News - JMW Turner with Lamin Fofana: Dark Waters

grey stormy waves

Coming to Tate Liverpool from 27th September, JMW Turner with Lamin Fofana: Dark Waters focuses on the power and politics of the sea...

Press Release

Tate Liverpool’s location on the city’s waterfront, combined with the city’s maritime history, provides the perfect context to consider Turner (1775–1851) afresh. Conveying the intensity and diversity of life on the ocean, Turner’s work will be presented for the first time within an immersive sound environment created by artist Lamin Fofana (b.1982).

swirly yellow sky with orange seamonster just visible in waves

Almost a third of Turner’s works feature the sea, from the paintings that first established his reputation to his late experimental canvases. By the end of his life, Turner had defined an entirely new marine aesthetic in British art and beyond. The exhibition features paintings, sketchbooks, and works on paper by Turner that capture a time of great change in our island’s relationship with its surrounding coast. The exhibition includes some of Turner’s most celebrated seascapes, works such as Snow Storm - Steam-Boat off a Harbour’s Mouth exhibited 1842, A Disaster at Sea c.1835, and Sunrise with Sea Monsters c.1845, which encapsulate Turner’s ability to convey the jeopardy of life at sea.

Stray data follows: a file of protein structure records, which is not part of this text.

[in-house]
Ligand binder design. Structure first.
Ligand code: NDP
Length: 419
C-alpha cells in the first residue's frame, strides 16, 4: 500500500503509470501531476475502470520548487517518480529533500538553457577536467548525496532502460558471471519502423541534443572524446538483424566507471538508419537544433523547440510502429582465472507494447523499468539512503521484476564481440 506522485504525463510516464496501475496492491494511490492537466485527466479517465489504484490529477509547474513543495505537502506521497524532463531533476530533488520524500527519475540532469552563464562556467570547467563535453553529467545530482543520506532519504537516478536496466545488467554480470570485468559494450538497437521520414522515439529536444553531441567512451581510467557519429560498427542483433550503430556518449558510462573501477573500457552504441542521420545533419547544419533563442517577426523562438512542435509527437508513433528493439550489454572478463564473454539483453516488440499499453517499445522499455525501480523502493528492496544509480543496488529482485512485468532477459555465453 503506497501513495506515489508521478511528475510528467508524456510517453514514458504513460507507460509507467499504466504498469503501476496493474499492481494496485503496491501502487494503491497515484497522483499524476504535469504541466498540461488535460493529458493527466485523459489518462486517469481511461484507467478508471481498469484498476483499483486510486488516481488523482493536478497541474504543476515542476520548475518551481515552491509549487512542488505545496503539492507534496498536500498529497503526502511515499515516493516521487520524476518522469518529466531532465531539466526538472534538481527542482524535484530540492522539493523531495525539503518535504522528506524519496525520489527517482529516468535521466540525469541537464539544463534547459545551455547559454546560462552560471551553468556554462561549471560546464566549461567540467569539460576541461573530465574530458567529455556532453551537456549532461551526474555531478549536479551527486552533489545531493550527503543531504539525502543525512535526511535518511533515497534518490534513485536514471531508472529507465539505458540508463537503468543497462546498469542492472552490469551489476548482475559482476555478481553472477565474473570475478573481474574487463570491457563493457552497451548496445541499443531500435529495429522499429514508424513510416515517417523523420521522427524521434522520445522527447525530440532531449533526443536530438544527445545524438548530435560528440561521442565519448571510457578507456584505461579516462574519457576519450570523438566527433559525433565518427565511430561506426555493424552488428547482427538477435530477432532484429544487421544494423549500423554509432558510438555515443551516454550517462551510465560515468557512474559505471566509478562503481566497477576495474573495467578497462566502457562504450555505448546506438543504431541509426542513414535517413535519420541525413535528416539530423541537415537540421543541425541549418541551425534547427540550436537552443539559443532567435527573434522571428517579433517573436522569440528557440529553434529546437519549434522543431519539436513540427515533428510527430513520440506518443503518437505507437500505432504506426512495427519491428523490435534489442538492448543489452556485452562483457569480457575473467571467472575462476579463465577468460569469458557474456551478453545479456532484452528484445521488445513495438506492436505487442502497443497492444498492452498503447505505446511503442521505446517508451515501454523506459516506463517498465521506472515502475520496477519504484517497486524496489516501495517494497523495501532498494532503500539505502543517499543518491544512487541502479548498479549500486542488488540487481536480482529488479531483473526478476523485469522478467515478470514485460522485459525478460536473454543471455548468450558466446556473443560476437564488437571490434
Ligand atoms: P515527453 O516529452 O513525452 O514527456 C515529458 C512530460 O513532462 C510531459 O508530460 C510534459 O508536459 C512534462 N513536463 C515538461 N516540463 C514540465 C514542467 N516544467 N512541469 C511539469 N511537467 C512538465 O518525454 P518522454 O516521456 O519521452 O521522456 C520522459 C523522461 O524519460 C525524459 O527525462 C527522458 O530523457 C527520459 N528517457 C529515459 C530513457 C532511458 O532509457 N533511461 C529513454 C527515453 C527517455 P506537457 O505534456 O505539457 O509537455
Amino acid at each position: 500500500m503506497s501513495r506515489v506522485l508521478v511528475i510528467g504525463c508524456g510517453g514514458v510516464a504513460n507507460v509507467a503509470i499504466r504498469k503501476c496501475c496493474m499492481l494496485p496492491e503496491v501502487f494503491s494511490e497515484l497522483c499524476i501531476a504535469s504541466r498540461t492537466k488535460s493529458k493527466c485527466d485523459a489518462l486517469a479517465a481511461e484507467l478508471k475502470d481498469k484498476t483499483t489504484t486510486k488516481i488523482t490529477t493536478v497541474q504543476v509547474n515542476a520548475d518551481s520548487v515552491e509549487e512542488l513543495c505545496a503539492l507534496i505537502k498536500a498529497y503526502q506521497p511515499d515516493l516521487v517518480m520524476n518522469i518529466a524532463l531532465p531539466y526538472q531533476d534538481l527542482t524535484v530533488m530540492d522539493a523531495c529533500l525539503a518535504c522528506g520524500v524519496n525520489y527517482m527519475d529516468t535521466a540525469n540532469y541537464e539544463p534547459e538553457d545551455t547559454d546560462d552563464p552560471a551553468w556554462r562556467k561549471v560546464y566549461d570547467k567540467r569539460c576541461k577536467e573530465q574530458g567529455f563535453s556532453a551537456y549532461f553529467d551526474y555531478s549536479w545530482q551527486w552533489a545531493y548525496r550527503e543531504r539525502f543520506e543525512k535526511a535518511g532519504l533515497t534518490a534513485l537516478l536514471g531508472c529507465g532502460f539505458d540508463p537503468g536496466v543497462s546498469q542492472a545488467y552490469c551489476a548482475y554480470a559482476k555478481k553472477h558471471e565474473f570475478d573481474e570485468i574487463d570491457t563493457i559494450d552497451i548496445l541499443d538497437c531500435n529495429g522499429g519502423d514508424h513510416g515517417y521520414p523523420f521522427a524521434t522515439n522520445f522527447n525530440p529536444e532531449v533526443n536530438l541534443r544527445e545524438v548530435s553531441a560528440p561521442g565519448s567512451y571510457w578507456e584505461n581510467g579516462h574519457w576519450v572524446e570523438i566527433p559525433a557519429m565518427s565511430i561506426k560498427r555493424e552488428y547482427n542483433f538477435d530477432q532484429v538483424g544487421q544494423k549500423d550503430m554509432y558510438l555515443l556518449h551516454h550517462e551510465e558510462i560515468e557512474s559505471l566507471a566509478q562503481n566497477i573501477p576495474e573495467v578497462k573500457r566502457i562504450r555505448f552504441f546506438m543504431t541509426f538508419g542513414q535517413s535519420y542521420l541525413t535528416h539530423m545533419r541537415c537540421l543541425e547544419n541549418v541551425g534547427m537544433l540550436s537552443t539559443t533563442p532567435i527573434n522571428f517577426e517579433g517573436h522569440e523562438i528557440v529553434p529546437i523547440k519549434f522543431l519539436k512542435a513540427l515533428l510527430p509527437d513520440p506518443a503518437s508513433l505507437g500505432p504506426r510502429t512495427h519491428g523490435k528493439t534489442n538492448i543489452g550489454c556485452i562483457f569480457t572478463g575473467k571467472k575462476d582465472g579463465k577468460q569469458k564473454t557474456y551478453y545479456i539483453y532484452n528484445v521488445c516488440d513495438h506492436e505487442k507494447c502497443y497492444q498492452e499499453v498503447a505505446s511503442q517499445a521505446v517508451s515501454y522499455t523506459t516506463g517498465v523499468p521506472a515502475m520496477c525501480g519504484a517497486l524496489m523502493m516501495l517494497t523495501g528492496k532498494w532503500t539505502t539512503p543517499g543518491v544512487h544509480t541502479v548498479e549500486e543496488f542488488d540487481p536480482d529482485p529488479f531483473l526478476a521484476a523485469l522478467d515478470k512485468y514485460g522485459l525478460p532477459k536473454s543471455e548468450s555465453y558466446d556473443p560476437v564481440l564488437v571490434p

As part of Tate’s commitment to open up new perspectives on British art, the exhibition will feature the work of Lamin Fofana, who translates the writing of pioneering black authors into sound. The Sierra Leonean-born artist and musician currently lives in New York, and his work explores questions of movement, migration, alienation and belonging. Fofana’s Life and Death by Water 2021 is partly based on the writing of pioneering black writer, academic and activist W. E. B. Du Bois, specifically his radical literary work of 1920, Darkwater: Voices from Within the Veil.

Turner’s paintings focus on the dangers of the waters around the British coast, while Fofana’s immersive sound work looks across the Atlantic, uncovering the horrors of the middle passage and, in particular, the infamous massacre aboard the slave ship Zong, when 132 Africans were thrown overboard. Although creating work centuries apart, both artists convey the power and politics of the ocean, and its relationship to capitalism and colonialism.

JMW Turner with Lamin Fofana: Dark Waters is curated by Laura Bruni, Assistant Curator, Tate Liverpool with Ammarah Saleem, Exhibitions Trainee. Supported by the JMW Turner with Lamin Fofana: Dark Waters Exhibition Supporters Group with additional support from Mylands and Tate Liverpool Patrons, the exhibition runs from 27 September 2022 – 4 June 2023 at Tate Liverpool. For more information and to book tickets, please visit the Tate website.

Images - Joseph Mallord William Turner, Waves Breaking against the Wind c.1840 Tate. Photo: Tate
Joseph Mallord William Turner, Sunrise with Sea Monsters c.1845 Tate. Photo: Tate
Joseph Mallord William Turner, Peace - Burial at Sea 1842 Tate. Photo: Tate
Joseph Mallord William Turner, A Disaster at Sea, 1835 Tate. Photo: Tate

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